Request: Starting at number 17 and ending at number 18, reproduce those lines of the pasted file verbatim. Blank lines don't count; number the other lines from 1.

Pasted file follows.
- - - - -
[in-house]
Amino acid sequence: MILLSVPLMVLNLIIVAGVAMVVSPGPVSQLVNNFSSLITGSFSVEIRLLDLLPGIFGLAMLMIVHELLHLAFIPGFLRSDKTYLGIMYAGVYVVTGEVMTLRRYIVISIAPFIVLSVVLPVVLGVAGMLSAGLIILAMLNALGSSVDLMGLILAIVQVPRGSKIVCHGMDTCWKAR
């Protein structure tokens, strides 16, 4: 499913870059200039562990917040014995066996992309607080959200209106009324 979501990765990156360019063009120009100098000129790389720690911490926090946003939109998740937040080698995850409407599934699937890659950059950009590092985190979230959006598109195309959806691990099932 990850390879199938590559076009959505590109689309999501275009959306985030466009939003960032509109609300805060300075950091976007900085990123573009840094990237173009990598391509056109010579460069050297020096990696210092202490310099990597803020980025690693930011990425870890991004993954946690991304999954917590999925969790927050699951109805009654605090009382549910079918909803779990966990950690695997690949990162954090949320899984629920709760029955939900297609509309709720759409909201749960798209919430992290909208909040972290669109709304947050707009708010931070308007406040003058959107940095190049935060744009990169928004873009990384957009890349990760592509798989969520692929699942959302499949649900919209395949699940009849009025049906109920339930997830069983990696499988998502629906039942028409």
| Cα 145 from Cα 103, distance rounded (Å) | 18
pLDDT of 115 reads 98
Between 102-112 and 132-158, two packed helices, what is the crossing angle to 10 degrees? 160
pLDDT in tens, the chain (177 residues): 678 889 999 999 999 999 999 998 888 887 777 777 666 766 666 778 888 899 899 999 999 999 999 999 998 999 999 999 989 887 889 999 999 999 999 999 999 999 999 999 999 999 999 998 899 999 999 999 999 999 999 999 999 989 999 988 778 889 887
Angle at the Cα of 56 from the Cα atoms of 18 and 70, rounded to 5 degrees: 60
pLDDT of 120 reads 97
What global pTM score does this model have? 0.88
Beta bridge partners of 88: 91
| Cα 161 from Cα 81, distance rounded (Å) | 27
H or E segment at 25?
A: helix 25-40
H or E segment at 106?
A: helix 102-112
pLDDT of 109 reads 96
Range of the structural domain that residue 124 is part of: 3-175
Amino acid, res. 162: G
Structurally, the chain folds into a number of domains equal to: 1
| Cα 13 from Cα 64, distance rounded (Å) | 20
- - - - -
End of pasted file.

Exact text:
pLDDT of 109 reads 96
Range of the structural domain that residue 124 is part of: 3-175